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Decision No. 18,365

Appeal of MARTEENA SINGH, on behalf of her child, from action of the Board of Education of the Valley Stream 13 Union Free School District  regarding transportation.

Decision No. 18,365

(December 18, 2023)

Guercio & Guercio, LLP, attorneys for respondent, Christopher W. Shishko, Esq., of counsel

ROSA., Commissioner.--Petitioner appeals the determination of the Board of Education of the Valley Stream 13 Union Free School District (“respondent”) that her daughter (the “student”) is not eligible to receive transportation to a nonpublic school for the 2023-24 school year.  The appeal must be dismissed.

Petitioner and the student reside within respondent’s district.  On May 16, 2023, petitioner requested transportation to a nonpublic school for the 2023-2024 school year.  By letter dated May 19, 2023, the school district denied petitioner’s request because petitioner had not provided a reasonable explanation for the late request and transportation to the student would result in additional costs.  Petitioner appealed to respondent, which, on July 5, 2023, upheld the school district’s determination.  This appeal ensued.  Petitioner’s request for interim relief was denied on July 6, 2023.

Petitioner acknowledges that her request for transportation was untimely but argues that the delay was reasonable because the student’s application for admission to the nonpublic school “was still pending at the time of the April 1st deadline.”  Petitioner also argues that transporting the student would be burdensome for her family.  She seeks an order directing respondent to provide the requested transportation.

Respondent contends that the petition should be dismissed due to improper service and that its decision to deny petitioner’s request was not arbitrary or capricious.  Respondent further alleges that it would incur additional costs to transport the student to the nonpublic school.

First, I must address a procedural issue.  Section 275.8 (a) of the Commissioner’s regulations requires that the petition be personally served upon each named respondent.  If a school district is named as a respondent, service upon the school district shall be made personally by delivering a copy of the petition to the district clerk, to any trustee or any member of the board of education, to the superintendent of schools, or to a person in the office of the superintendent who has been designated by the board of education to accept service (8 NYCRR 275.8 [a]; Appeal of B.H., 57 Ed Dept Rep, Decision No. 17,246; Appeal of Peterson, 48 id. 530, Decision No. 15,939).  The record reveals that the petition was served upon a payroll supervisor employed by the district.  Since the payroll supervisor does not hold one of the positions designated in 8 NYCRR 275.8 (a) and has not been designated by respondent to accept service, the appeal must be dismissed for improper service (see Appeal of J.W., 62 Ed Dept Rep, Decision No. 18,275).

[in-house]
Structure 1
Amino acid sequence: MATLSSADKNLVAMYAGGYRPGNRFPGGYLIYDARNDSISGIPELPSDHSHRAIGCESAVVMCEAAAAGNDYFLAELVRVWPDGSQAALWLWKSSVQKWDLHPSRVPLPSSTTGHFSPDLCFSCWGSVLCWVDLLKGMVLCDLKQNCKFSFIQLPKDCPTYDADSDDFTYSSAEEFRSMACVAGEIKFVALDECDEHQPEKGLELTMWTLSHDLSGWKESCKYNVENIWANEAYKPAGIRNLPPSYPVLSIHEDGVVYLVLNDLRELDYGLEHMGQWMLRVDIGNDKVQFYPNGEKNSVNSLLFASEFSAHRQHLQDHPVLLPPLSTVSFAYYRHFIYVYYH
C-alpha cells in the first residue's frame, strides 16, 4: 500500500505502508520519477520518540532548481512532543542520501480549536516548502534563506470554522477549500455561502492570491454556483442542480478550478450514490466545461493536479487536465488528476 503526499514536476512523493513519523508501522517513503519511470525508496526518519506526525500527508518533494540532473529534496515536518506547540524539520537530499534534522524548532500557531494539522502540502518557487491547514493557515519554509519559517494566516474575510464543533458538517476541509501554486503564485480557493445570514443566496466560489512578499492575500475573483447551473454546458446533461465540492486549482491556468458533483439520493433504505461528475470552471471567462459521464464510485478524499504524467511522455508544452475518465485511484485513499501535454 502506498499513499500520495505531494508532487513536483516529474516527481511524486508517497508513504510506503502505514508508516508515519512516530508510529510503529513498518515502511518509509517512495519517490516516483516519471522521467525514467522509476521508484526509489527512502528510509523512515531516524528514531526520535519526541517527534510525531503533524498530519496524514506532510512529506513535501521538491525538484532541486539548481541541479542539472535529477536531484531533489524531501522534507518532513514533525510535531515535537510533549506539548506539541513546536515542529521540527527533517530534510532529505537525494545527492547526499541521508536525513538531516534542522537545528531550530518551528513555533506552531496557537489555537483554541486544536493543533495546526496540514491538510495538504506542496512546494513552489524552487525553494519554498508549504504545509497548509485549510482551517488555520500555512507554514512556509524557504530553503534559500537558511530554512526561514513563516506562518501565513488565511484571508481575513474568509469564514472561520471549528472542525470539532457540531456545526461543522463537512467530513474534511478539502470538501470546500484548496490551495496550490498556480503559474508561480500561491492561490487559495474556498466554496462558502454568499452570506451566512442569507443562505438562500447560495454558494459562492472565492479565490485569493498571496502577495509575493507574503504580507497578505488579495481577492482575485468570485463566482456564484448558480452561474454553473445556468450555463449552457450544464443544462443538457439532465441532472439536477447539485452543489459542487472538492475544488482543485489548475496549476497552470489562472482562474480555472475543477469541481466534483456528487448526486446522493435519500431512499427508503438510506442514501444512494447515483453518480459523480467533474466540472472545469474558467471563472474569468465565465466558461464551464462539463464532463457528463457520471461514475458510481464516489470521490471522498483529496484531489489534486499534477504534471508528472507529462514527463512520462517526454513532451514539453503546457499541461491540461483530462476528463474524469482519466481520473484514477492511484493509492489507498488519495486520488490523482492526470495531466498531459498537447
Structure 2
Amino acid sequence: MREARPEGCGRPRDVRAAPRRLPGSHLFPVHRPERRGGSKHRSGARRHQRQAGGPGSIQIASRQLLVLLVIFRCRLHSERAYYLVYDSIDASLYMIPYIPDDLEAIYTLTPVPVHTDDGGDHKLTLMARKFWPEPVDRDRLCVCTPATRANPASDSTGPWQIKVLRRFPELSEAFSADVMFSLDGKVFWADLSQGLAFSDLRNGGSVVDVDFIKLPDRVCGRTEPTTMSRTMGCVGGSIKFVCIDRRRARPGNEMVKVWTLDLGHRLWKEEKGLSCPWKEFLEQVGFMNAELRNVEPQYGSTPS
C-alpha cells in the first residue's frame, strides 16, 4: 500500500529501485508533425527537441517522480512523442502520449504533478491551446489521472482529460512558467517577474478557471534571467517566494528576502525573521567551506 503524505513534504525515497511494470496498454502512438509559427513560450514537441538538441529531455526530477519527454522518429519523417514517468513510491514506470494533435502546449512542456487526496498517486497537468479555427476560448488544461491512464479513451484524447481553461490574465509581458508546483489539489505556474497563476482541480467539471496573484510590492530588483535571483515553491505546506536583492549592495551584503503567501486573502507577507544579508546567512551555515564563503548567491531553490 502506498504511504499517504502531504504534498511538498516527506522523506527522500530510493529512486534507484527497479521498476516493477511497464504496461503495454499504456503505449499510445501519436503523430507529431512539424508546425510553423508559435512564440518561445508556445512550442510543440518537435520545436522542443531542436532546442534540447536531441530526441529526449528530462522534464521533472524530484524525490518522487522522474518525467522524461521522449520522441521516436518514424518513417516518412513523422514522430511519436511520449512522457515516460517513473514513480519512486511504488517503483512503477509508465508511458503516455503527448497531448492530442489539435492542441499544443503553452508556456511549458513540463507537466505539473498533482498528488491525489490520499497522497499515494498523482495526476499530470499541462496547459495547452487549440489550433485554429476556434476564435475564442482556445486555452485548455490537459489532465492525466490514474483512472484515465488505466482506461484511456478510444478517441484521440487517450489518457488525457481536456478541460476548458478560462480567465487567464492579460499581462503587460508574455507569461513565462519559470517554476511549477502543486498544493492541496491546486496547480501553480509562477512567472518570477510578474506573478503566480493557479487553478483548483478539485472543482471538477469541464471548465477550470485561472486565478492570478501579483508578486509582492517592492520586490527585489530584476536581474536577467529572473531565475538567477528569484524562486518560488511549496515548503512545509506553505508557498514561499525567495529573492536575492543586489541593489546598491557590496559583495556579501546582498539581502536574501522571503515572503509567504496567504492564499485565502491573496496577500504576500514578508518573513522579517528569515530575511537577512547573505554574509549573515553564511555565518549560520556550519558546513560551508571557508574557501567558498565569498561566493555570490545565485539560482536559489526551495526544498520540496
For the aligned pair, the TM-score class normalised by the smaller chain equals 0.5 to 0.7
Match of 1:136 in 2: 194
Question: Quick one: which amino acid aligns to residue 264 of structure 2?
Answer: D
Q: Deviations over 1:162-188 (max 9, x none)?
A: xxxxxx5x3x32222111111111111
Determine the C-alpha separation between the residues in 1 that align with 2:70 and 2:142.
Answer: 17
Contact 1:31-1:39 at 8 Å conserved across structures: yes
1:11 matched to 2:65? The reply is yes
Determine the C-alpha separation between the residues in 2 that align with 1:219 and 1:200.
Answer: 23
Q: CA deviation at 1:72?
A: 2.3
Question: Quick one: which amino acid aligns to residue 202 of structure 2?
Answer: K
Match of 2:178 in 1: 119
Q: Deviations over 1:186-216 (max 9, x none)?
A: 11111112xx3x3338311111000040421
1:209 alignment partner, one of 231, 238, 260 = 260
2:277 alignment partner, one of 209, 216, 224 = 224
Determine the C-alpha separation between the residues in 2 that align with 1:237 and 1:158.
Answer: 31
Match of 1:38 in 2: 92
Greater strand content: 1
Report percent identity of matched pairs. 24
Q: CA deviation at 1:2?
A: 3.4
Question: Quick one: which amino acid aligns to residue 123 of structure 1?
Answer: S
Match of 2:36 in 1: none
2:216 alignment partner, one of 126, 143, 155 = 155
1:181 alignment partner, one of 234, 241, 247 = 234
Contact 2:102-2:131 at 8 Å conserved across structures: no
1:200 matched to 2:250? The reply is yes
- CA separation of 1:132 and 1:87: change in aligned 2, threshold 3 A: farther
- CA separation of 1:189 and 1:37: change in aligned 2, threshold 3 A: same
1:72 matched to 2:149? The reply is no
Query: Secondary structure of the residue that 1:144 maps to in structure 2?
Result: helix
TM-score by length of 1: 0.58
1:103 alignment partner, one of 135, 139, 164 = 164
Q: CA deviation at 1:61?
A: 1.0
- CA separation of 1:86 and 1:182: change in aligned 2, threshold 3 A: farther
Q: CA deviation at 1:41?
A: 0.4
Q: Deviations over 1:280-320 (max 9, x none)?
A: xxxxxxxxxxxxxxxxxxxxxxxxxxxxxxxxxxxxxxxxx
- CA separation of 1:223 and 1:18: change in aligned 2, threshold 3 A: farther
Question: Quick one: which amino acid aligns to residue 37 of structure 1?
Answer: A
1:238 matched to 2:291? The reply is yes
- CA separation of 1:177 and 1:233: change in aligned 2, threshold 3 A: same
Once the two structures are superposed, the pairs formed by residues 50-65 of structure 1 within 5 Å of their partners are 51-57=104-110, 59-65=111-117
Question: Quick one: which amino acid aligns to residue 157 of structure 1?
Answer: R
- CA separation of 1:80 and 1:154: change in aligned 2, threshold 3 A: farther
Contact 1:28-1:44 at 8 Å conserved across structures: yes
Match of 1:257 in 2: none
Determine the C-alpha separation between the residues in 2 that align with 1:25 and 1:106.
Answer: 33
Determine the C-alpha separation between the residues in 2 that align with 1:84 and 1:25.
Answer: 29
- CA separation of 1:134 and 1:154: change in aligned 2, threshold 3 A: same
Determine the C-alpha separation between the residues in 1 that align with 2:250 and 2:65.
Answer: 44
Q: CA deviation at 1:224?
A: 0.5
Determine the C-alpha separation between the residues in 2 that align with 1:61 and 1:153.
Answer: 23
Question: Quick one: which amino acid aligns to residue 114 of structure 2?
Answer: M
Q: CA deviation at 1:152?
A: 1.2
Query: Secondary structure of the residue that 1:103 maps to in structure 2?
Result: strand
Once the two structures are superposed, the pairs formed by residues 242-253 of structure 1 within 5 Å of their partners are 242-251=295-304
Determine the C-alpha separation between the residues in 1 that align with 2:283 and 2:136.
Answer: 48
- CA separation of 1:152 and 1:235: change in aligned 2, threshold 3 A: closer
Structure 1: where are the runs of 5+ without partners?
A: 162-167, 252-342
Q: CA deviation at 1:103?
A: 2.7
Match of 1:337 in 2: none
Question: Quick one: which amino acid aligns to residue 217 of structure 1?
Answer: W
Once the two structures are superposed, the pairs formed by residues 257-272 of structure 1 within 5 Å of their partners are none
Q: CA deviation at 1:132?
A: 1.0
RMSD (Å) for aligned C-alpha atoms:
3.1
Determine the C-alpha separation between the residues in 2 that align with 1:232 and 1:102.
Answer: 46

Even if the appeal were served on an authorized individual, it would be dismissed on the merits.  The Commissioner has consistently held that neither a belated decision to enroll a student in a private school nor a belated notice of admission to a nonpublic school are reasonable explanations for the late submission of transportation requests (see e.g. Appeal of Horowitz, 58 Ed Dept Rep, Decision No. 17,622; Appeal of a Student with a Disability, 56 id., Decision No. 16,975; Appeal of Lippolt, 48 id. 457, Decision No. 15,914; Appeal of Flores, 47 id. 484, Decision No. 15,761; Appeal of Goyal, 40 id. 40, Decision No. 14,415).  Additionally, petitioner’s requested transportation would necessarily impose additional costs as the school district does not currently operate, or contract for, a bus that drives to the student’s nonpublic school.  As such, respondent’s denial of petitioner’s late transportation request was not arbitrary or capricious (see Appeal of Wilson, 62 Ed Dept Rep, Decision No. 18,254; Appeal of Dumerlin, 59 id., Decision No. 17,756).